Feb 15, 2017
Sharks, Ships, Snakes, & Cakes
Ray Bigger and his team call themselves “The Productivity Architects,”
which should immediately alert you to their appreciation for the power of
metaphoric language to influence and persuade rather than forgettable
language like “Executive and Team Development Consultants.” Indeed, the
Architect metaphor is woven throughout their
Singapore based, with an impressive client list that ranges from Oracle to
Burberry, Ray shared a number of metaphors with me that he uses in his
management and sales development work to re-shape client’s thinking and create
change in individuals, teams, and companies. Here are four that you might adapt
to your work.
Blood in the Water
Management consulting often uncovers serious problems within an
organization. Understandably, managers are not always willing to hear how bad
things are. In
fact, they sometimes default to defensive explanations as to why
a situation is the way it is.
When that happens, Ray pulls out a gut punch
metaphor to get the client to re-focus and take action. In one case, he told a
senior manager, “Look, you are swimming in shark infested waters here! Your
team is dysfunctional and split and, if you don’t take any action, there will be
blood in the water very soon, not only for you, but for the company, and its
share price as well.”
Ray says, “That usually snaps them out of their defensiveness, gets them
to see the issues through a different lens, and then we can begin work on
the recommended corrective measures.”
However, consulting isn’t always about surfacing problems. Consulting often
uncovers opportunities as well, but visions without action is just
one instance, Ray was counseling a mid-level manager who was
fearful of moving on to a more senior, more visible job opportunity. After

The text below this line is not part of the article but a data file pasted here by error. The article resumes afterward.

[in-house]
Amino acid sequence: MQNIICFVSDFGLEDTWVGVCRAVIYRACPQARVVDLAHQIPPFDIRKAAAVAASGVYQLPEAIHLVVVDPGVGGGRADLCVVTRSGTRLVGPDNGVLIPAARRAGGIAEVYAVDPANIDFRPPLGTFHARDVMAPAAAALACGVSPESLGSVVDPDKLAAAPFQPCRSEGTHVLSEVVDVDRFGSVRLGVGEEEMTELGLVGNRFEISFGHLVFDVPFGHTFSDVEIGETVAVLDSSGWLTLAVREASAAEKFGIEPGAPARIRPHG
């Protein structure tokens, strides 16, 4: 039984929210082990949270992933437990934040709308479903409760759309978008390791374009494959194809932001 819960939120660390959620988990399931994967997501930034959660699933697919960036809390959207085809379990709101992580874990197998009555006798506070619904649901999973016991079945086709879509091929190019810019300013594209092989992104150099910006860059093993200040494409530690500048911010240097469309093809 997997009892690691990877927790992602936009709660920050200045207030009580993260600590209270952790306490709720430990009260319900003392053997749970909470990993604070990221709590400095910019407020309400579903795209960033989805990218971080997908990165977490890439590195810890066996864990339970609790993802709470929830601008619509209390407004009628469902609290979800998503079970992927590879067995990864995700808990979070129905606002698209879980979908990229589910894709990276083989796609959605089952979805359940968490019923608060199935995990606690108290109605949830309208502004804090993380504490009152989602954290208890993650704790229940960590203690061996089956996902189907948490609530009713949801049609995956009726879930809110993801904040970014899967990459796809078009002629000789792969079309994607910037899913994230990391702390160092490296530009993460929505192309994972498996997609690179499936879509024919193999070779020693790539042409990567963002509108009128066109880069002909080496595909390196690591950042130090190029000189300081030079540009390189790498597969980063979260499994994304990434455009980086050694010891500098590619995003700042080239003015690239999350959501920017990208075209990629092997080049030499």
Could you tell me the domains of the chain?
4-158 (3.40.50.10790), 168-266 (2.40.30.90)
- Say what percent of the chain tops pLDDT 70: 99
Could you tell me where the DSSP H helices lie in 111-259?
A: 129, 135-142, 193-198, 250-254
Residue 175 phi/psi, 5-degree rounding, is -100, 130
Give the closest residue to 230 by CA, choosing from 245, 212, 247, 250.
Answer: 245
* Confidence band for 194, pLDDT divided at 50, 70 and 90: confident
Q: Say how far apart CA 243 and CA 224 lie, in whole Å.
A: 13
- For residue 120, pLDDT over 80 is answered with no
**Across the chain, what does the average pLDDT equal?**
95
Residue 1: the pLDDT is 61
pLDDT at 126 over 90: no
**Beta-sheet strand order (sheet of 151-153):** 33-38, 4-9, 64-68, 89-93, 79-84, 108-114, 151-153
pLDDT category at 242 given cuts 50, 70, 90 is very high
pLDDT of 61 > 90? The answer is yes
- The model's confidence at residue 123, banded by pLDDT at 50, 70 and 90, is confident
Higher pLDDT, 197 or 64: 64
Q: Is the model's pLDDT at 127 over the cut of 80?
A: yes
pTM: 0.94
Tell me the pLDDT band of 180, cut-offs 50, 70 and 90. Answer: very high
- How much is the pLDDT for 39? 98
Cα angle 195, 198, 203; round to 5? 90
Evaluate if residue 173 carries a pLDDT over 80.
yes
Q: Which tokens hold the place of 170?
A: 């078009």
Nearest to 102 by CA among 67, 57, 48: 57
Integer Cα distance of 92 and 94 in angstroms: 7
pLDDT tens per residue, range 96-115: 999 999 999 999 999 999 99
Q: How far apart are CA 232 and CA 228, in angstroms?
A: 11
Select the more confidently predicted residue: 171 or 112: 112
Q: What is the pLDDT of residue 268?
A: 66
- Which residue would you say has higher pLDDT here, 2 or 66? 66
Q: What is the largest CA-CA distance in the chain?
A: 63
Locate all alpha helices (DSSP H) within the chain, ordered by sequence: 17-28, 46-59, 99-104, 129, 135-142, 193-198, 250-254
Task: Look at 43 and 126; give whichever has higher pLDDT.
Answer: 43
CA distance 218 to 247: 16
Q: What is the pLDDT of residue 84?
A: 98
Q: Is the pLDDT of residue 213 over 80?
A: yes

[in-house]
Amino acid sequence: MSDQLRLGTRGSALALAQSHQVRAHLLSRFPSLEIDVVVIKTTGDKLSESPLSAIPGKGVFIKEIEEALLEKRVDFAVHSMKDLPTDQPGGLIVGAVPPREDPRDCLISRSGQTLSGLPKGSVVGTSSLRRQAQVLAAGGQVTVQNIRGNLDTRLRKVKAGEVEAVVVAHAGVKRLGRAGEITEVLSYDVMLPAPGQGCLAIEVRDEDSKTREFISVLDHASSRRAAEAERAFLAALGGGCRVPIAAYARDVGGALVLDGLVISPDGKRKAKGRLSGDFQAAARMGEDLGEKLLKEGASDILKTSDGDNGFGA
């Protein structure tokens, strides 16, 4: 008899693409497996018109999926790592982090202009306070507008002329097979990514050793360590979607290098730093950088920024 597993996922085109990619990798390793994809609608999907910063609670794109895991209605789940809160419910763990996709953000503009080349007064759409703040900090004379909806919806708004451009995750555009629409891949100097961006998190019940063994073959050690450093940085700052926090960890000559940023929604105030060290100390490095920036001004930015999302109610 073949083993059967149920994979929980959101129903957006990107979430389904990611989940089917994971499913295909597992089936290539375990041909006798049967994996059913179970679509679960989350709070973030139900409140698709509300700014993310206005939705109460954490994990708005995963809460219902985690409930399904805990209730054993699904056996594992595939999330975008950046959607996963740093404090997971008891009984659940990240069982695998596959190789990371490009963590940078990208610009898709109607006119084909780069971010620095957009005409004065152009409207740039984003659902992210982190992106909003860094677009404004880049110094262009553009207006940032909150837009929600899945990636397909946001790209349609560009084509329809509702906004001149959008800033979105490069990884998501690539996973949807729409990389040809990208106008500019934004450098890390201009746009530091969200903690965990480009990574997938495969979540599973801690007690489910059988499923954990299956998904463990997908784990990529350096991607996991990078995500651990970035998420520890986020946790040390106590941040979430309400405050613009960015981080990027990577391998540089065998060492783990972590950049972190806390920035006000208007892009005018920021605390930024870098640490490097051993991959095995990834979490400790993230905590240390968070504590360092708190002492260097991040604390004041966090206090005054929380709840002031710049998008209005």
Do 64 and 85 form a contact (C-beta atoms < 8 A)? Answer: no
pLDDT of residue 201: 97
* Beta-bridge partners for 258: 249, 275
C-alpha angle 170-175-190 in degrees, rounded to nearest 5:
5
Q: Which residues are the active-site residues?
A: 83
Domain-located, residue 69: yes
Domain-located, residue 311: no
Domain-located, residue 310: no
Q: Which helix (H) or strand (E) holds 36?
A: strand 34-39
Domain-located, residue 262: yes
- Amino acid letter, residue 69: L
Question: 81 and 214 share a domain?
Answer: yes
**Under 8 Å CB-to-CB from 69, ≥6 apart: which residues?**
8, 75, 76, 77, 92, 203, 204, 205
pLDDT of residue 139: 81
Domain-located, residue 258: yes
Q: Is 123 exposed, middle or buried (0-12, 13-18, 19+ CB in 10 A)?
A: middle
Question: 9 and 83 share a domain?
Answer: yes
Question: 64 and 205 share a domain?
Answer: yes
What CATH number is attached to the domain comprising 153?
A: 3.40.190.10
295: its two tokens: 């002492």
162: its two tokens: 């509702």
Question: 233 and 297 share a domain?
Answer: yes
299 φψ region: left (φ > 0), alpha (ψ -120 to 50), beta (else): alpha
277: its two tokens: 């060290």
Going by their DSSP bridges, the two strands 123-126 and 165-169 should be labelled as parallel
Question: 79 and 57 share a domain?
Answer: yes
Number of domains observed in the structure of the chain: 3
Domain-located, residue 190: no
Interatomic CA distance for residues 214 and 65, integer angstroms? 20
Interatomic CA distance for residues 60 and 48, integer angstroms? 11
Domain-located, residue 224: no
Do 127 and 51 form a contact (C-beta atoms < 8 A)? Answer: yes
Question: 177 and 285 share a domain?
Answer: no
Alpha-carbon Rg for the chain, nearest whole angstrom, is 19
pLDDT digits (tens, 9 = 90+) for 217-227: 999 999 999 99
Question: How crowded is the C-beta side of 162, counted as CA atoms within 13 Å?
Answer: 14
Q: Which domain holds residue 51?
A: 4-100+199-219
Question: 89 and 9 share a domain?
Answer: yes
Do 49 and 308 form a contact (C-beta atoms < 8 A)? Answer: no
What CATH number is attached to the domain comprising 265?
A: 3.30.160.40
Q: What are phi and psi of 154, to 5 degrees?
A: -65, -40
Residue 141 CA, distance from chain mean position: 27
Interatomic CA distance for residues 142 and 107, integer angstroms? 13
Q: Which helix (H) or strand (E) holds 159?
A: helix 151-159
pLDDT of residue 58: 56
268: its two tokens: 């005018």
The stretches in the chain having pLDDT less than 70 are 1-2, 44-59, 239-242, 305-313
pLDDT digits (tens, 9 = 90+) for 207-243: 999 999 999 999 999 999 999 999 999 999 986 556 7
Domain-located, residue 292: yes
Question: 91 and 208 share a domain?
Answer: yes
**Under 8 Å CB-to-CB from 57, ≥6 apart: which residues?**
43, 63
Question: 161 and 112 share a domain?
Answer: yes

presenting the case for accepting the job, and seeing that the manager was
still wavering, Ray clinched his argument by saying, “You will never
discover new horizons if you never leave the shore.”
The magnitude and resonance of the opportunity metaphor ultimately eclipsed
the client’s apprehensions and he accepted the job.
When They Go Low…
It can be very tempting to accept business from questionable clients. After
all, revenue is revenue. Right? Wrong. What is a questionable client? One
who is itself in a suspicious business, one who deals badly with its
clients, one who thinks nothing of maximizing your services and then demands
that you lower your fees, etc.
“This dilemma doesn’t happen often, but when it did,” Ray said, he asked his
client, “Why do you want to do business with someone who has morals
lower than a snake’s stomach?”
Cast in that light, Ray’s client eventually saw the folly of continuing to
work with that client and ended the relationship.
Having Your Cake & Eating it as Well -
Finally, in the age of the acceleration of just about everything, clients
often want to cut corners on a process to get a project done more quickly.
After Ray explains the downside of doing that and the client is still
pushing for speed, Ray has said, “What you are asking for is rather like
expecting to bake an award-winning cake by leaving out 50% of the recipe.
Can’t be done.”
That usually ends the client’s unrealistic demand for short-cutting a
These examples reflect Ray’s understanding of the power of crafted*
a new lens for how someone “sees” an issue
Stimulate fresh thinking
Achieve a different outcome.
What lens do you need to change to advance your causes, your business, or
Make What You Say Pay! — with Metaphors
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High Stakes Metaphors: Casual? Crafted? Or Creative?
My latest post on LinkedIn explores three levels of
metaphors you can use when you need to sell, influence, persuade, or
explain anything to anyone.
"The Same Show, but a Changed World"
If you are a John Olivor fan as I am, you will enjoy this print
interview with the late night TV host. From a “Metaphorian” point of
view, notice how many metaphors he uses – no surprise since comedy,
like metaphor-making, is about making unexpected connections to make
Need to Craft or Create a Winning Presentation or Demo?
Call today for individual coaching or
team workshops and
learn how to turn information that tells into a story that sells. 212-876-1875
"Anne and I recently worked together on a speech I gave at a large
conference. She helped me turn a series of somewhat interesting points into
an expertly crafted, compelling and actionable story. Together, we built a
storyline with attention-grabbing headlines. We worked and re-worked the
language, making sure every word was important. Finally, Anne coached me on
the delivery. The result was so exciting - I've never been so well received
in a speech before. Thank you, Anne!" Kate Griffin, Vice President, CFED.org